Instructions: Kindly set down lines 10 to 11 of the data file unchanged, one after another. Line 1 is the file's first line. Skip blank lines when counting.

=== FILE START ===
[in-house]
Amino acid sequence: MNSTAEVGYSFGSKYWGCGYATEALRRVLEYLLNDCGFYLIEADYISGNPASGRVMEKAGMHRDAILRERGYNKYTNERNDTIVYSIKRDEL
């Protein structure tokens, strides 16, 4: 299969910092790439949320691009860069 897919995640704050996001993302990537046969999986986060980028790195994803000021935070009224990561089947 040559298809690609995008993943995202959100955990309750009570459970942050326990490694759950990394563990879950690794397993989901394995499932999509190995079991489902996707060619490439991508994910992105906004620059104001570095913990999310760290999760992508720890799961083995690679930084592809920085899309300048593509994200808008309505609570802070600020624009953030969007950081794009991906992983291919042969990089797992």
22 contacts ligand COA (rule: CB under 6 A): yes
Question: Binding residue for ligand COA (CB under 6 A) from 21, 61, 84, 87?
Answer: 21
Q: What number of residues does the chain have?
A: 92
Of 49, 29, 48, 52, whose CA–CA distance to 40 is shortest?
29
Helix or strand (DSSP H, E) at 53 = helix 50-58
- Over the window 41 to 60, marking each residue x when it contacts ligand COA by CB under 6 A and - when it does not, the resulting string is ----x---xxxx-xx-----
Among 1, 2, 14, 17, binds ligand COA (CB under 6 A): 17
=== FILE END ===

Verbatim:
29
Helix or strand (DSSP H, E) at 53 = helix 50-58